Filed under: Islam, Pakistan, Politics | Tags: blasphemy, leadership, Pakistan, public discourse, religion, salman taseer
The past three days for a liberal/progressive Pakistani have made for a very numbing experience. The public reaction to the horrific assassination of Salman Taseer has shocked many a people in the country. For me and many of my friends, the most shocking aspect of the past few days was the outpouring of public support for this wanton killing.
4 hours into the death of the governor, congratulatory smses started circulating and facebook groups supporting the assassin crept up. Then one read about the flowery reception given by some lawyers to Mumtaz Qadri. The next morning Dawn carried a photo of a garlanded Qadri raising a victorious fist while standing at the door of the police van – all the while surrounded by adoring lawyers. This morning one of my students with whom I had previously discussed Salman Taseer’s stand on blasphemy and challenged to identify verses of the Quran that support this injustice came up to me during the class break. He told me that the point was moot now. He was happy that Salman Taseer had been killed. He did not feel the need to hunt for those verses anymore. Did I not hear that 70% people in online polls supported the murder? Did I not hear about the 500 ulema who had declared the murder just? What more proof could I ask for? He felt vindicated in his opinion and that was the end of the matter. Before class resumed again, I just had the time to tell him that they were all wrong. (I plan to sit him down sometime next week and discuss this matter in a bit more detail. But for the time being, his obvious satisfaction over the act stumped me.)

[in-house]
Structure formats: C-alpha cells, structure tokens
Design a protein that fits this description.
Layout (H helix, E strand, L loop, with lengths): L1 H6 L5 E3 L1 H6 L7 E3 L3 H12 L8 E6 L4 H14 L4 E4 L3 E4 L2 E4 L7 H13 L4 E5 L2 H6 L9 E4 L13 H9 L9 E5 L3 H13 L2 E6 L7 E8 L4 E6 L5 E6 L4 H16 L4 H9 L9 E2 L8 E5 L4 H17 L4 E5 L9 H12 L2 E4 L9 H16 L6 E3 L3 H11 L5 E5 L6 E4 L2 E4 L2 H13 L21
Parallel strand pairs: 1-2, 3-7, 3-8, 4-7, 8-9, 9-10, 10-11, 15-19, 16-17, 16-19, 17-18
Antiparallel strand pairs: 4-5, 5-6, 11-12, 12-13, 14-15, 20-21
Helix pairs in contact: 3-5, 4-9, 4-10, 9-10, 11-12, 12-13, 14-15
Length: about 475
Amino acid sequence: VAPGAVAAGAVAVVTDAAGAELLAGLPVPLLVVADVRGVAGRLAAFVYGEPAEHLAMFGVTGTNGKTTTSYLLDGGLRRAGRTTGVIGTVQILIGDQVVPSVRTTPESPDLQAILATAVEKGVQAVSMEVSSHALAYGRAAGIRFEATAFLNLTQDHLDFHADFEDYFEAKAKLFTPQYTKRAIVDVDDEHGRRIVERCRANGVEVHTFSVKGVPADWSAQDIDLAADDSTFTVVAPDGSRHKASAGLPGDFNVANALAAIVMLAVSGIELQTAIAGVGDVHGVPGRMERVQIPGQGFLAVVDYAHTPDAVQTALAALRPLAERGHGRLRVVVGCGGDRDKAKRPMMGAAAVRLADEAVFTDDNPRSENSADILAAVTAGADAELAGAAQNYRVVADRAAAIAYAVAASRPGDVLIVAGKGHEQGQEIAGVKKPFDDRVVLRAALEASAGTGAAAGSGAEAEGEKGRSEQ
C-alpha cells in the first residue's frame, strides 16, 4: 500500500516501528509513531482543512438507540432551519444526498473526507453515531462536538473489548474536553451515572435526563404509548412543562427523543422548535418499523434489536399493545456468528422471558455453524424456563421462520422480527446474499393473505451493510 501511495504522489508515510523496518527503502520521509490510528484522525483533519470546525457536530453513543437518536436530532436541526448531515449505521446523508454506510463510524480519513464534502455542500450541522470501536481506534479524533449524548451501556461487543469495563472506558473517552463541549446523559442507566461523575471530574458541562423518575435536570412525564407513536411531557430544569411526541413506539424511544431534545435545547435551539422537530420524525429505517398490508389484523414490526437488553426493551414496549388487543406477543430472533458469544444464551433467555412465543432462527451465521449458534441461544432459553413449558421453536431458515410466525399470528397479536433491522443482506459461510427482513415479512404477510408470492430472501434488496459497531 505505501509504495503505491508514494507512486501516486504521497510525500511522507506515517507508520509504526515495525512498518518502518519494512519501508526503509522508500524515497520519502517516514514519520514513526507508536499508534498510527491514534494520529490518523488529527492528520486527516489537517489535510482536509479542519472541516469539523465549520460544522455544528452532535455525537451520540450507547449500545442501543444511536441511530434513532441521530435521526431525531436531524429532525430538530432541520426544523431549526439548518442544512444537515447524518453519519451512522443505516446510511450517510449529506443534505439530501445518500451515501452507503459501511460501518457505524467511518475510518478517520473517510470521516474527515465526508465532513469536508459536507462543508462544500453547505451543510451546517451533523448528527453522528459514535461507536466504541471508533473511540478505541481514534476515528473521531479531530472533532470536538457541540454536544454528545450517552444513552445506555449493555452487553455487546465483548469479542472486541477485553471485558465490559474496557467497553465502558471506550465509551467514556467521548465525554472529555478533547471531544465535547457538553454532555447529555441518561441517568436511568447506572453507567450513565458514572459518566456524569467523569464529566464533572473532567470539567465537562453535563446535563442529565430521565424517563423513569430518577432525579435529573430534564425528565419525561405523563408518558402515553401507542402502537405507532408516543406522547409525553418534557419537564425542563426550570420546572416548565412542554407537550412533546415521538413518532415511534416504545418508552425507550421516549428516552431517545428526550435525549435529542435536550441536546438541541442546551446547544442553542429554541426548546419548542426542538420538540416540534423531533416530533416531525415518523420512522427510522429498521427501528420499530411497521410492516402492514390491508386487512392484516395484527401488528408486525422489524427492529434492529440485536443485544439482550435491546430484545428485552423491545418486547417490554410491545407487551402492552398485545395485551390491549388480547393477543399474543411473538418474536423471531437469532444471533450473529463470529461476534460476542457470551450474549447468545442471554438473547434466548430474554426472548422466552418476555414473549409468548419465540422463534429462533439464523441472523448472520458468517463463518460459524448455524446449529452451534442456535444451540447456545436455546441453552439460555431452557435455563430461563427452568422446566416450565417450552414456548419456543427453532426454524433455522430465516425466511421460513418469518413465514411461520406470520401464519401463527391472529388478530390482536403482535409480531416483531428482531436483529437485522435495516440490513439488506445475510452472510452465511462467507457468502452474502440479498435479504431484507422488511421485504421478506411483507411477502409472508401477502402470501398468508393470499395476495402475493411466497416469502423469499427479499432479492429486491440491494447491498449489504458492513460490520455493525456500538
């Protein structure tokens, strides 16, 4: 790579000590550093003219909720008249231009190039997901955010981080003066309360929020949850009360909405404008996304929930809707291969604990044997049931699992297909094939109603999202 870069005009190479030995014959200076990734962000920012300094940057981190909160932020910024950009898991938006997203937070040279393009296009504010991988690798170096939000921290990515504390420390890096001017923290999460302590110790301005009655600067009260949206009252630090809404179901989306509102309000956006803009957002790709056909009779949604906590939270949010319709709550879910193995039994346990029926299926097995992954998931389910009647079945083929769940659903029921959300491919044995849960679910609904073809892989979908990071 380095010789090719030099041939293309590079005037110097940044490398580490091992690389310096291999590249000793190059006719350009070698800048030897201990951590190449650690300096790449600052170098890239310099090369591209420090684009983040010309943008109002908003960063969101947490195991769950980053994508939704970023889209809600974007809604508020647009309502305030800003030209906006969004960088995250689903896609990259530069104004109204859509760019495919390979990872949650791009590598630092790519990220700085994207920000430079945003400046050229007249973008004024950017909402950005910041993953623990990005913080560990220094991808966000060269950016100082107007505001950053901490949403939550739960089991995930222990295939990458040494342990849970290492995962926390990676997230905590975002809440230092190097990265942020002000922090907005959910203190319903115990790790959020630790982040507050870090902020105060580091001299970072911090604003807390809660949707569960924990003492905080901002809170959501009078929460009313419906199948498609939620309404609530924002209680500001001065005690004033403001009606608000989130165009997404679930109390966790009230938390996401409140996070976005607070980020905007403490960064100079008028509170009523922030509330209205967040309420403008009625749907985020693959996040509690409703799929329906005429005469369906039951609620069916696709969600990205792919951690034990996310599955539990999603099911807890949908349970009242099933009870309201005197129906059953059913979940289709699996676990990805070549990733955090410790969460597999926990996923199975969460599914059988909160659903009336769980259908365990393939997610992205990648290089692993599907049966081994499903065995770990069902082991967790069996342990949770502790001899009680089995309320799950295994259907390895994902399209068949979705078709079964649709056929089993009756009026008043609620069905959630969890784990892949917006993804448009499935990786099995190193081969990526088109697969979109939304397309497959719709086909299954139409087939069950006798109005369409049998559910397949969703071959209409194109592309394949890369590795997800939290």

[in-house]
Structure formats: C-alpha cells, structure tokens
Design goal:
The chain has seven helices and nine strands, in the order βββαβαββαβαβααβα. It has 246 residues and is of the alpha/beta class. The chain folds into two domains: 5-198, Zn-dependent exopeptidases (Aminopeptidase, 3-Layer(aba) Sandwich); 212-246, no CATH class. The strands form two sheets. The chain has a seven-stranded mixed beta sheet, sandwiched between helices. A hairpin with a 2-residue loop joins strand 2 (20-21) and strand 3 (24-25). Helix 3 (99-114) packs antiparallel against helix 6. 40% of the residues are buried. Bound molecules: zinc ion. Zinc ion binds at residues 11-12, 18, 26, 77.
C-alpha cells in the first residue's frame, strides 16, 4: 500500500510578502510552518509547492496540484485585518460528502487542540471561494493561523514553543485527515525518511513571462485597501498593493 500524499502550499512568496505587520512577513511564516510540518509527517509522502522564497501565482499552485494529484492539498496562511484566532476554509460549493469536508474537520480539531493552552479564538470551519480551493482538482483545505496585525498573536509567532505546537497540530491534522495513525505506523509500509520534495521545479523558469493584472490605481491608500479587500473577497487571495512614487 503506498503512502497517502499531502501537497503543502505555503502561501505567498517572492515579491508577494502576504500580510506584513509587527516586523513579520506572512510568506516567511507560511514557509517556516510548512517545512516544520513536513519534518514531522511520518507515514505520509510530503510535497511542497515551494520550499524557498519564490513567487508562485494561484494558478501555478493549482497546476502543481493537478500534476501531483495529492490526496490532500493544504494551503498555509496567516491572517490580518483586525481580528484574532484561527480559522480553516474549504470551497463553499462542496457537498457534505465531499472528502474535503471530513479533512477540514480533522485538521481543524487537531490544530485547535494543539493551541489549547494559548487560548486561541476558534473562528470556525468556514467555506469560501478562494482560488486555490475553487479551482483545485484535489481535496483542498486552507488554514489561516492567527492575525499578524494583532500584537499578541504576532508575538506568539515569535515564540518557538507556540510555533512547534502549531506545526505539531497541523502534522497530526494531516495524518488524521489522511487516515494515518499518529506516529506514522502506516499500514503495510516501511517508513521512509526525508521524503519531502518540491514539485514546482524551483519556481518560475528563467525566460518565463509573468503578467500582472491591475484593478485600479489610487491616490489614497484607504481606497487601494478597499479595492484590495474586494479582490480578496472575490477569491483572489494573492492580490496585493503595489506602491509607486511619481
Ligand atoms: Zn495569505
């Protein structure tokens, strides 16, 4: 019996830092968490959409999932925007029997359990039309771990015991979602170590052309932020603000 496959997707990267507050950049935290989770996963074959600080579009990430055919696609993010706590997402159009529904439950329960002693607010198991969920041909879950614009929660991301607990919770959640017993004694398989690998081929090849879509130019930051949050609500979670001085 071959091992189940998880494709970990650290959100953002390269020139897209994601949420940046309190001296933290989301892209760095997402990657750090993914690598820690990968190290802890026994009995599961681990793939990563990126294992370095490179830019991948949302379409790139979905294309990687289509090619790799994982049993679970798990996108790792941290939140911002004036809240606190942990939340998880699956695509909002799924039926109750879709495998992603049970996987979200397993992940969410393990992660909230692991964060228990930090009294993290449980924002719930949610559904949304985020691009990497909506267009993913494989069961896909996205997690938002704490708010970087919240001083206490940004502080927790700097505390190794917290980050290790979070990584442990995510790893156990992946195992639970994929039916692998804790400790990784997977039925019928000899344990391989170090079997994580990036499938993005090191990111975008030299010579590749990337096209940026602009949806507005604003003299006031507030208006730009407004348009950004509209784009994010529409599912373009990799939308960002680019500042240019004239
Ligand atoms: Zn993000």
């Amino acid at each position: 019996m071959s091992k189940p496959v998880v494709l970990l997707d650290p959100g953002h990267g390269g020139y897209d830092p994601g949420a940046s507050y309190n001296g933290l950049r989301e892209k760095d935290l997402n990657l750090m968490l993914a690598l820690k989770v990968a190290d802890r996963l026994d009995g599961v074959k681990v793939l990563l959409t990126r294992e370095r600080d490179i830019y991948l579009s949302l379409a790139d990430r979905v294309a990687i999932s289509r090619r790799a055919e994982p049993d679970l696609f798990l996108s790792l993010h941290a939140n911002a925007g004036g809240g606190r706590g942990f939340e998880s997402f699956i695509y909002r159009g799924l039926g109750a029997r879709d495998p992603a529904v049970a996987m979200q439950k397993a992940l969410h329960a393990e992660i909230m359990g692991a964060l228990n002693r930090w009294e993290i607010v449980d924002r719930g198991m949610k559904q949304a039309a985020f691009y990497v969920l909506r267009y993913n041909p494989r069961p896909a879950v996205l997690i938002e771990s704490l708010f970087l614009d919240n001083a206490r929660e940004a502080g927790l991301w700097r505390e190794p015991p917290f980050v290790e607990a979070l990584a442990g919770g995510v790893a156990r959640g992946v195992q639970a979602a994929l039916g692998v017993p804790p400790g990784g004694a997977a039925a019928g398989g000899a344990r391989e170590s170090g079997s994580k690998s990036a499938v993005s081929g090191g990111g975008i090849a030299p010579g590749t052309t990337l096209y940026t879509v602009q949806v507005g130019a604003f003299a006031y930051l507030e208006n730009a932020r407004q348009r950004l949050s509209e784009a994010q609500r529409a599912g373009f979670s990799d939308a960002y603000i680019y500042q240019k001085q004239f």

He is not alone in these views.
I have had sufficient interaction with 200 odd undergrads this semester to know that he will have a good number of friends standing by him on these views. A while back a Newsline study by Ayesha Siddiqa argued that Pakistani students at elite universities had strong religious identities and were politically conservative. My experience teaching the history and politics of Pakistan at a premier engineering university this semester has reaffirmed these findings. (For that matter, why should these views be surprising at all? Recall SDPI’s “The Subtle Subversion“, which catalogued how the state in Pakistan has sought to cultivate a highly conservative and reactive mindset through primary and secondary education textbooks?) So why should we be so shocked when seemingly decent/rational/educated people around us think it of no big concern that an innocent man was killed in broad daylight for expressing his opinion? Why should we be perturbed at the unleashing of public joy at this murder?